Building PyQT5 with Python 2.7 on Ubuntu 16.04

So you want Qt5, but you have a lot of strict dependencies holding you back from going to Python 3. What to do? Go build everything yourself!

The following are steps based on a fresh install of Ubuntu 16.04, so adapt it per your needs.

First install the latest version of Qt. I was using the free open source edition. At the time of this post, the following was the set of commands given by Qt’s official website. I just downloaded the installation into my Downloads folder and ran it:

First download the installer:

Next, adjust the permissions and install Qt:

Now, that should have installed Qt5.x on your Ubuntu installation, it is time to install PyQt5 such that it uses Qt5 with Python 2.7. The key in this setup procedure is to build PyQt5 yourself.

First, SIP must be installed before proceeding with building PyQt5. You can download SIP from here. You can also just wget it!

Now is where things get important, as I always prefer to use virtual environments when working with Python, rather than installing everything on the global Python installation. After extracting the file, make sure to run using your virtual environment’s Python!

If the configuration was successful, the output should tell you that things related to SIP will be installed in your virtual environment’s folder, and NOT in your global Python that resides in /usr.

Now, running make and sudo make install will install SIP into your virtual environment folder, even if you are using sudo.

Now it is time to download PyQt5 and build it!

Configuration of PyQt5 is needed for building it. Again, using the right interpreter and the right parameters are key.

Now, assuming there are no errors, you should be able to run ‘import PyQt5’ in your virtual environment running Python 2.7!

Installing ZeroMQ & PyZMQ on Ubuntu

ZeroMQ is a distributed messaging system where a programmer of any level of expertise can easily connect their code across languages and platforms. Recently I had a need to connect multiple nodes on one of my projects and researched around until I found ZeroMQ. I took a quick glance on the Learn the Basics page and saw how easy it is to implement it myself and any of my team members to implement it.

In fact, the most difficult part with using ZeroMQ was the installation process and getting it to work with Python. PyZMQ is the Python binding for ZeroMQ, but I found the installation procedures a bit confusing and thought that I would give my own way of installing ZeroMQ and PyZMQ on Ubuntu.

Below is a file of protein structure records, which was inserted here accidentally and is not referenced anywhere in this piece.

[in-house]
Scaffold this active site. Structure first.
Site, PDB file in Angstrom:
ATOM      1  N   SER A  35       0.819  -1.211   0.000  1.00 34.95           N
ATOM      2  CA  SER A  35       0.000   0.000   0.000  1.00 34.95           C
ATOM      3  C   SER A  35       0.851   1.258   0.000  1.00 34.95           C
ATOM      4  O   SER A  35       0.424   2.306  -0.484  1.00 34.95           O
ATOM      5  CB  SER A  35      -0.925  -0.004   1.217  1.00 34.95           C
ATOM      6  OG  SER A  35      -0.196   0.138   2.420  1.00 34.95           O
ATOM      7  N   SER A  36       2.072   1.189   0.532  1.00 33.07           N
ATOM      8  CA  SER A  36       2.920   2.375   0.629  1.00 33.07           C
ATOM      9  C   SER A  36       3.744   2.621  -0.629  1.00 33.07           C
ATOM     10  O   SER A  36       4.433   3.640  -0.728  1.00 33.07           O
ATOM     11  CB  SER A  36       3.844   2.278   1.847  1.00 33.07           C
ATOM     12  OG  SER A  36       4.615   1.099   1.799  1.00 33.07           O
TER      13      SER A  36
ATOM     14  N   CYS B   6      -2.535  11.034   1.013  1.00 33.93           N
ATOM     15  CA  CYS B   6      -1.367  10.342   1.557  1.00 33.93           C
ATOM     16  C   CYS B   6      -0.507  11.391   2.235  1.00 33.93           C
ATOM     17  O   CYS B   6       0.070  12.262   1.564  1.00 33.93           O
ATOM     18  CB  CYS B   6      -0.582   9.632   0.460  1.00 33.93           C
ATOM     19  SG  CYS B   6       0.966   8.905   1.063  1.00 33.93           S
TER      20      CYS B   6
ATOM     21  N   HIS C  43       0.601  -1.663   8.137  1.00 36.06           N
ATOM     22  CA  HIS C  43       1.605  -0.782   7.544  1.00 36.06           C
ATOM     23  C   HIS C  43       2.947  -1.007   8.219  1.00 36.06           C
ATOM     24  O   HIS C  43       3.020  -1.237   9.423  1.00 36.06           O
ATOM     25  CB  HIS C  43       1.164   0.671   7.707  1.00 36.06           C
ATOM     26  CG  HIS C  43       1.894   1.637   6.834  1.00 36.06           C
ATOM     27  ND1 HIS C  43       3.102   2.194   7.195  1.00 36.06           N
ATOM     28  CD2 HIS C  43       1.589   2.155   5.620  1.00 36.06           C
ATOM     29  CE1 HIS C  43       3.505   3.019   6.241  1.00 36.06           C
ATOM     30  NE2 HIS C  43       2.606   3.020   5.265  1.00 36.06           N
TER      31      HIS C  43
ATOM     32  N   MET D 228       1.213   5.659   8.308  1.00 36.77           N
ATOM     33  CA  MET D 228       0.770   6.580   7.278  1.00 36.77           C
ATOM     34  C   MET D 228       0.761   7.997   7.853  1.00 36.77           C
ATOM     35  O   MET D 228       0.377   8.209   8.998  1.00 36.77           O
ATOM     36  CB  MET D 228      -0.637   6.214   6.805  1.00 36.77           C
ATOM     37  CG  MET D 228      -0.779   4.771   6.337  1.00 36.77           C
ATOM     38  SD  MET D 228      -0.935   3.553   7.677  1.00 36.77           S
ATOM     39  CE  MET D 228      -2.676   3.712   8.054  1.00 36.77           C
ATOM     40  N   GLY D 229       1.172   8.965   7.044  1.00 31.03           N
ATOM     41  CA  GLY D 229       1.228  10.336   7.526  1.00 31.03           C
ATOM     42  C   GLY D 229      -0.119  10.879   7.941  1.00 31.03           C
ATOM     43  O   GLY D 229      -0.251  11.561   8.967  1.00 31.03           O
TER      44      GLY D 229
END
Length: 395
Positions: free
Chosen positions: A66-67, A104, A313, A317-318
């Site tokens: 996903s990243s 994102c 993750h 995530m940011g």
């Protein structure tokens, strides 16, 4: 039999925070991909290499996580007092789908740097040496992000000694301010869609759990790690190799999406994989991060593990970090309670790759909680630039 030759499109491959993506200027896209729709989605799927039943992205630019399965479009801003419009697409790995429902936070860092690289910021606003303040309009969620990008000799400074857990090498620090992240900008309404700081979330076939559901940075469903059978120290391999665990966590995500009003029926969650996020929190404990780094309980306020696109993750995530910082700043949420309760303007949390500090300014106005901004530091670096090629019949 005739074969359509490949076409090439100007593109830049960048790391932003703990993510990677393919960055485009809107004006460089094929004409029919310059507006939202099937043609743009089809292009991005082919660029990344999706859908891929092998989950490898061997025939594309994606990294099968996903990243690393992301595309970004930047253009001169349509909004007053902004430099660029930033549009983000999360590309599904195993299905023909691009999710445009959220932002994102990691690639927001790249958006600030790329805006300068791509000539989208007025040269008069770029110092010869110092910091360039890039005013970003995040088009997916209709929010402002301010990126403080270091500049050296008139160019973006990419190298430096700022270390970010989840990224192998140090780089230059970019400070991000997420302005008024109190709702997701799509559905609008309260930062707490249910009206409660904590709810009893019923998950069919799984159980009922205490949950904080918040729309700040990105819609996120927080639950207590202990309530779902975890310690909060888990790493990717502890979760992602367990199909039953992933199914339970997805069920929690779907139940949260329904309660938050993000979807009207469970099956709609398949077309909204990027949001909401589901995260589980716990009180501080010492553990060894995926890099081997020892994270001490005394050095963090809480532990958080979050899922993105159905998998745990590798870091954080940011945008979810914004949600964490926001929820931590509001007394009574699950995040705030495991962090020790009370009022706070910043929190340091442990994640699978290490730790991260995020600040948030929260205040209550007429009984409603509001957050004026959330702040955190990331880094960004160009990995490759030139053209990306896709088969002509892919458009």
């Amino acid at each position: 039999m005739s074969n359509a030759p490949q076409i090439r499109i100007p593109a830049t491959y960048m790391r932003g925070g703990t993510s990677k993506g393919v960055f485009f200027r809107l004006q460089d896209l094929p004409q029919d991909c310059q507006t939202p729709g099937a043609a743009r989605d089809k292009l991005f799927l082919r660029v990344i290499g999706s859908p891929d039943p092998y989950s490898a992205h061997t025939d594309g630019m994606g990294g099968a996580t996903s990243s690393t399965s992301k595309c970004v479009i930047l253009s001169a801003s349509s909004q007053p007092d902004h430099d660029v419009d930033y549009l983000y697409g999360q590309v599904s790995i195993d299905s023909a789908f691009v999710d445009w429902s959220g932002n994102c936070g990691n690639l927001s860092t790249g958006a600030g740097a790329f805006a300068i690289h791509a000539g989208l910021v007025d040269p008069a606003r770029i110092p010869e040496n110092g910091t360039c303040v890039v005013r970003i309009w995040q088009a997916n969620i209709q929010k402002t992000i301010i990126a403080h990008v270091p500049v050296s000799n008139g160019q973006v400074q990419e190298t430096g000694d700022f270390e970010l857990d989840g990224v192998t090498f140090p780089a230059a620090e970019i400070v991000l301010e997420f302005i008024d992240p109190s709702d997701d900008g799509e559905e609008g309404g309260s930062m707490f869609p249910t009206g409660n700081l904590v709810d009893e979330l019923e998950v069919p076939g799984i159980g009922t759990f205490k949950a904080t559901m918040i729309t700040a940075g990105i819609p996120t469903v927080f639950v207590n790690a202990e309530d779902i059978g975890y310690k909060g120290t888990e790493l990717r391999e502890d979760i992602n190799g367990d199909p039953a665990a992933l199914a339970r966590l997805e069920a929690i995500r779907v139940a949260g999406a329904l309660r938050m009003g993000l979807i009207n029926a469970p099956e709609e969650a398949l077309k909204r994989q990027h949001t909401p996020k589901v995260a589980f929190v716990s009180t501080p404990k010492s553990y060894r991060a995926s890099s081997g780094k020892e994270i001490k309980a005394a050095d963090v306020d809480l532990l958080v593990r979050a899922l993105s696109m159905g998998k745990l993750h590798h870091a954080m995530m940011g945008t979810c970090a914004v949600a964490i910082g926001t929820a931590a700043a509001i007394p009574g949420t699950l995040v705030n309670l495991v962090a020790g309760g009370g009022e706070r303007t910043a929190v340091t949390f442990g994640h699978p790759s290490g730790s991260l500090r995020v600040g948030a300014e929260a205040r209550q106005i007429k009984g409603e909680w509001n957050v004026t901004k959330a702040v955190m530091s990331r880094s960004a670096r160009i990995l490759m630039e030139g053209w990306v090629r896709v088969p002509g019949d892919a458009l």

This is assuming that you are installing on a new installation of Ubuntu. Some dependencies may already be installed if you are using a system that is already setup.

After installing some basic dependencies, we need to install libsodium. The following command lines are the way to install libsodium from source.

Now, we can finally install ZeroMQ!

Finally, on with PyZMQ, the Python binding for ZeroMQ.

Now, to test that PyZMQ was correctly installed, try:

If no errors show up, you are ready to go!

Since ZeroMQ and PyZMQ are constantly updated, I will try to keep this post updated with every major version.

Lua Classes

Lua and classes are a little awkward, as there really is no such thing as classes in Lua. However, it is possible to demonstrate a class like behavior using tables.

Tables are a type of object, and since an instance of a class is also an object, we can use tables as if the language itself supported classes.

You can see that an object called “Triangle” is created and useful functions for it is also created. If we were to execute these functions:

Then the outputs become:

Note that instead of the period ‘.’, I used the colon ‘:’ to create the functions. This is to pass ‘self’ as the first parameter for object-oriented programming. In the case that I used a period to create the functions, the following commands would result in an error.

In the entire reference manual, the colon syntax is mentioned very briefly, but personally, I find this to be a key syntax to effectively conduct OOP using Lua.

Python Trick of the Day (Sequence Types)

The thing that attracts me the most about programming is how you can make a certain code shorter by using clever logic or clever syntaxes. Through “Trick of the Day,” I can hopefully share a trick that I think is clever during my work (which involves quite a bit of programming).

Today’s trick is a very clever one in that if you have an instance such as the following:

There just has to be a way to shorten that repetition. Fortunately in Python, a trailing comma notation can be used to create a one-term tuple. This is called a sequence type.

So we could write the above code as:

I particularly find myself heavily using this when creating multiple objects of the same class and that requires the same inputs.

If you have any other way you perform this, feel free to share your thoughts below.

Lua Table Concatenation / Merge

Recently I had a need to concatenate a few tables in Lua and thought that it might be useful to share for those who may need to do something similar. A very simple three line function that can be expanded to accommodate even more tables as need be.